The American Sign Language (ASL) has been a major communication tool for the deaf and mute community, but it is somehow rare for the general public to master the language.
While the deaf and mute community does not find any difficulty in communicating with the general public thanks to the invention of smart phones, we still yet to have a product that allow ASL users to express themselves via software with the speed and efficiency that has come to tools such as speech recognition software or language translators.
The good news is, we are not far from having one now. A student in India had this invention that will help the general public to better communicate with the deaf and mute community.
In her LinkedIn profile, 3rd-year Computer Science student at Tamil Nadu’s Vellore Institute of Technology, Priyanjali Gupta shared how she managed to develop an artificial intelligence (AI) model that is able to to be translated ASL signings into English instantaneously.
According to Priyanjali, the model was developed using TensorFlow object detection API, a software interface built off one of the world’s most popular machine-learning libraries designed by Google.
The model has so far been able to translate signs using transfer learning from a pre-trained model called ssd_mobilenet.
Priyanjali also shared a video of how her model is able to translate the hand-signs which were picked up by the AI and immediately translated into english words.
“The dataset is made manually by running the Image Collection Python file that collects images from your webcam for all the mentioned below signs in the American Sign Language: Hello, I love you, Thank you, Please, Yes, and No,” she explained.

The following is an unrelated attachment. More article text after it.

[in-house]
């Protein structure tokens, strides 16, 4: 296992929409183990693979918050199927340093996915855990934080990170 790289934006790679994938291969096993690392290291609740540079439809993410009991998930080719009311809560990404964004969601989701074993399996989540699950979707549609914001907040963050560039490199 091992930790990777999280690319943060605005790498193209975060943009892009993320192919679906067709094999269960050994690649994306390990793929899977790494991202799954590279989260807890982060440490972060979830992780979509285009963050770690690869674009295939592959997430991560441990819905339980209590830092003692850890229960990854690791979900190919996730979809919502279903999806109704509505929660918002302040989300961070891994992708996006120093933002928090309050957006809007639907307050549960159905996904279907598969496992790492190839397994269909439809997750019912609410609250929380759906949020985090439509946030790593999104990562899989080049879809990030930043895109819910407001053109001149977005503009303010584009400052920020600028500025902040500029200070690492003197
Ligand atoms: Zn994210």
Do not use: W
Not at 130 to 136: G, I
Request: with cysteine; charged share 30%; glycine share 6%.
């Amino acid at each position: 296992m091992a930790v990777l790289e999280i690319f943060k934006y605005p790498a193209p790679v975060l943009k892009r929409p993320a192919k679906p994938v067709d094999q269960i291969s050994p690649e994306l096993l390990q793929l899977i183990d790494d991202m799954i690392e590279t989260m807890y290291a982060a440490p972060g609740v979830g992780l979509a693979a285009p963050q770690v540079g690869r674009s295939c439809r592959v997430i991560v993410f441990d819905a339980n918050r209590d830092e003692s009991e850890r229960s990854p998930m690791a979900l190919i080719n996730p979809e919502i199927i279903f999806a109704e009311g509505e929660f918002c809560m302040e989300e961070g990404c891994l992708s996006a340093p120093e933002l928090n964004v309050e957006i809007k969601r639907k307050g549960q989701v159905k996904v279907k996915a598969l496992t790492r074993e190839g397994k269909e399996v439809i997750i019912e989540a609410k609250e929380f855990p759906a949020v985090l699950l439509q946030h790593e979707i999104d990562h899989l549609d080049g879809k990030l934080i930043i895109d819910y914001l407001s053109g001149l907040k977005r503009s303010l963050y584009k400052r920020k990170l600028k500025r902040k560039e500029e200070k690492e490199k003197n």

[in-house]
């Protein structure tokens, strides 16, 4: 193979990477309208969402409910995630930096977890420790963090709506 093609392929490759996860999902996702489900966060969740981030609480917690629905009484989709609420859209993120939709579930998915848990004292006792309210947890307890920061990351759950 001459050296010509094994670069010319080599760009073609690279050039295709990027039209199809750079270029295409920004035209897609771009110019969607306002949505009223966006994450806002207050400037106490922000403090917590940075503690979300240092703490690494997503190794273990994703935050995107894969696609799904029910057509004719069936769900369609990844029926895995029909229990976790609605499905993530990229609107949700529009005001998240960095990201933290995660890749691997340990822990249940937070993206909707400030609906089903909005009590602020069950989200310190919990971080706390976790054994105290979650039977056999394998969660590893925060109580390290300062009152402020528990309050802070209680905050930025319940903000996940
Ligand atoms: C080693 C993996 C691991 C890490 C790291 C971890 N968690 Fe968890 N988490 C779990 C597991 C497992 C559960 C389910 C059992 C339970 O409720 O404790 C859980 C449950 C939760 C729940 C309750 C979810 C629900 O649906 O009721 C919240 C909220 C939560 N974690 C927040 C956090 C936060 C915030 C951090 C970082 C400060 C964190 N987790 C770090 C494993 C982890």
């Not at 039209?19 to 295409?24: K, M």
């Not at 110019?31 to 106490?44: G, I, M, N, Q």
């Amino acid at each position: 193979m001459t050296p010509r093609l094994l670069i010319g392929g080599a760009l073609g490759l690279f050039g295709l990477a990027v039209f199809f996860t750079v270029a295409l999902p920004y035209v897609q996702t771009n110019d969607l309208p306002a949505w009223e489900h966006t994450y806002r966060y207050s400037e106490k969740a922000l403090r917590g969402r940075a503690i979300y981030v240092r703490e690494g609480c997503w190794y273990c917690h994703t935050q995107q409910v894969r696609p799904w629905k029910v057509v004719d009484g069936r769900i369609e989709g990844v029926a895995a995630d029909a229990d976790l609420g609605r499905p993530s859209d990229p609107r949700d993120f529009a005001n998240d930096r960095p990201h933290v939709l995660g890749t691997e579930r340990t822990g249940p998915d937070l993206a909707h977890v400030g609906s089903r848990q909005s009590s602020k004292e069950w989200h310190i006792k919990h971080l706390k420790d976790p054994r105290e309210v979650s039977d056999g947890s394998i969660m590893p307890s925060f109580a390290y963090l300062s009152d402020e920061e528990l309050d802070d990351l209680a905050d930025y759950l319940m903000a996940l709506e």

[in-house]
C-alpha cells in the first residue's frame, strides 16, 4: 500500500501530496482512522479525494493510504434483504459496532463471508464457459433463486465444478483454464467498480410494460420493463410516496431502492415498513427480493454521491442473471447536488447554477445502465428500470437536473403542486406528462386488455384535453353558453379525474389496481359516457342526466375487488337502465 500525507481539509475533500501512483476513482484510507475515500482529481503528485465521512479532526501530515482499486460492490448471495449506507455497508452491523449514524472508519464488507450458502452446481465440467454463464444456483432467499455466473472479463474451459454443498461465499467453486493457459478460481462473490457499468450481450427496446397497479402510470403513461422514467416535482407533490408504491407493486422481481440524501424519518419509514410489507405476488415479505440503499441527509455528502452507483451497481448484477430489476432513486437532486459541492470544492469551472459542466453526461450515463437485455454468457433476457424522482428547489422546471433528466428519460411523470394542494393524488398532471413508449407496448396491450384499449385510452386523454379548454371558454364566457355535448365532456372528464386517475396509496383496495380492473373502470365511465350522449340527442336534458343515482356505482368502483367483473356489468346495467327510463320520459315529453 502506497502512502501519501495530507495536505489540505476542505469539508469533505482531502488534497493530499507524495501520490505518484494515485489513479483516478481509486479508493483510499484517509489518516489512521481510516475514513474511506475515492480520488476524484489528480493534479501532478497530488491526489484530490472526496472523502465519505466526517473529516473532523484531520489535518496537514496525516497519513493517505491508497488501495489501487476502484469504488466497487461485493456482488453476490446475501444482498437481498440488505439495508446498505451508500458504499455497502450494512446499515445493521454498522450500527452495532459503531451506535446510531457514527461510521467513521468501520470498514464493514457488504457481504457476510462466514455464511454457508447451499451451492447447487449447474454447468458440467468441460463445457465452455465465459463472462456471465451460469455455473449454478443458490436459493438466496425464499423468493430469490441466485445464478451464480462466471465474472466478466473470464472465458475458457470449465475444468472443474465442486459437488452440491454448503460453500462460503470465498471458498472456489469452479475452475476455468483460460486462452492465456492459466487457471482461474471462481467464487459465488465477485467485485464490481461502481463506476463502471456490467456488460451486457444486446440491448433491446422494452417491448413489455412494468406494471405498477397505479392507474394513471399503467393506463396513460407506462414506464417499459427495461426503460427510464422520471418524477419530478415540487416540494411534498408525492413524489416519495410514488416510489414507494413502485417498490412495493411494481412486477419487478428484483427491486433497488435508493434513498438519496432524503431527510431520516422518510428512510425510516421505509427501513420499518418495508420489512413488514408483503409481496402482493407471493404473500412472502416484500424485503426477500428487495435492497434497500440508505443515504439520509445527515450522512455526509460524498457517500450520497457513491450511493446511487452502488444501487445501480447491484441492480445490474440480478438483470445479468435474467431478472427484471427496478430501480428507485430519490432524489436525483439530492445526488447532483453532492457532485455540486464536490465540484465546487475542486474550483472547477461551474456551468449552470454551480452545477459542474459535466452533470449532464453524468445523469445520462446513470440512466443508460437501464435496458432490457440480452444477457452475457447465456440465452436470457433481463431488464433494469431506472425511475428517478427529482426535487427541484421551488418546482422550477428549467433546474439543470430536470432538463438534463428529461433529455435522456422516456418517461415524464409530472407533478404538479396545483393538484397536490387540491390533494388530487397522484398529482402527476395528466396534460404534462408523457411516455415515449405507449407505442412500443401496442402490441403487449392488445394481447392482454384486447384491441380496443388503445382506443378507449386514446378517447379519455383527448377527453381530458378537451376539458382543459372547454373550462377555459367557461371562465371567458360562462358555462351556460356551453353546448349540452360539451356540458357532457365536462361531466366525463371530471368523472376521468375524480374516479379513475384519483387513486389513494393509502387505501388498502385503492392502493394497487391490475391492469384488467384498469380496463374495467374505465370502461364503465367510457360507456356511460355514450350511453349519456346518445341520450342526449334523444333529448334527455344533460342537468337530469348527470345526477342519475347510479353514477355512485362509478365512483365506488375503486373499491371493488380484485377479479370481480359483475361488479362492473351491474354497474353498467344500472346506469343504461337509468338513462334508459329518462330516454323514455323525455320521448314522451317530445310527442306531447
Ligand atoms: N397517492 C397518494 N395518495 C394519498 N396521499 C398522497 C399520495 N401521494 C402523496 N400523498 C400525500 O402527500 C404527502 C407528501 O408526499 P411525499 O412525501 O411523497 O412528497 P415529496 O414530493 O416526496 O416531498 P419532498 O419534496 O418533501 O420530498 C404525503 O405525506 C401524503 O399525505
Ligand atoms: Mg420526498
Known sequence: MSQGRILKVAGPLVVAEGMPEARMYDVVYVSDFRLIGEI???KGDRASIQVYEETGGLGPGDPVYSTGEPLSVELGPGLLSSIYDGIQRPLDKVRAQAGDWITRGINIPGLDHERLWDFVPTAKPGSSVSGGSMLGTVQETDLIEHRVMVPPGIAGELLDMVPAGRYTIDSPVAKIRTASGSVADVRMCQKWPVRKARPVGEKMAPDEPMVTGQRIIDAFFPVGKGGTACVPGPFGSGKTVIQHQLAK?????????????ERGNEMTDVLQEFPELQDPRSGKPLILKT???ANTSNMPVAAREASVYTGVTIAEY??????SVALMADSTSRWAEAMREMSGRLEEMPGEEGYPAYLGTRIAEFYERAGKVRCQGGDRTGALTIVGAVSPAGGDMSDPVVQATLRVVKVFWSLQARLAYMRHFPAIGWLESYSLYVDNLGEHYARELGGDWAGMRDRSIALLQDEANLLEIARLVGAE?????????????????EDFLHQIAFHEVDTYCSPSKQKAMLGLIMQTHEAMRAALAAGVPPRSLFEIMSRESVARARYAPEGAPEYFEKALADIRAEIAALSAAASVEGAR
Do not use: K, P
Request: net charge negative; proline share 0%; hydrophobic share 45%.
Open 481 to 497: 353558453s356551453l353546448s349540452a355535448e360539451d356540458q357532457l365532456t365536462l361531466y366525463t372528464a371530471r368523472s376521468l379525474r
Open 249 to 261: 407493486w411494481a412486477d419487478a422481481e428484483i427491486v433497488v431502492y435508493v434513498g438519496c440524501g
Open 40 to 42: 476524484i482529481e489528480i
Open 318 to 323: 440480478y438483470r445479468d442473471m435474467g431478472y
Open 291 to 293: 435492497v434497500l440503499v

Netizens were impressed by her innovation and many were curious about the design and methodology used to come up with the model.
Responding to one critical comment, she admitted that she made the most of a pre-trained model to come up with her own, but she was confident that the open-source community would eventually be able to build upon such concepts to hopefully develop an AI better suited for more complex tasks in the same vein.
“To build a deep-learning model from scratch just for sign detection is a really hard problem, but not impossible,” she wrote.
“And currently I’m just an amateur student but I am learning and I believe sooner or later our own open-source community which is much more experienced and learned than me will find a solution, and maybe we can have deep-learning models solely for sign languages.”
While the design is nowhere close to being adopted widely, it is still a good idea that will help us better understand the deaf and mute community. Hopefully, this tech soon be developed and available for the public.
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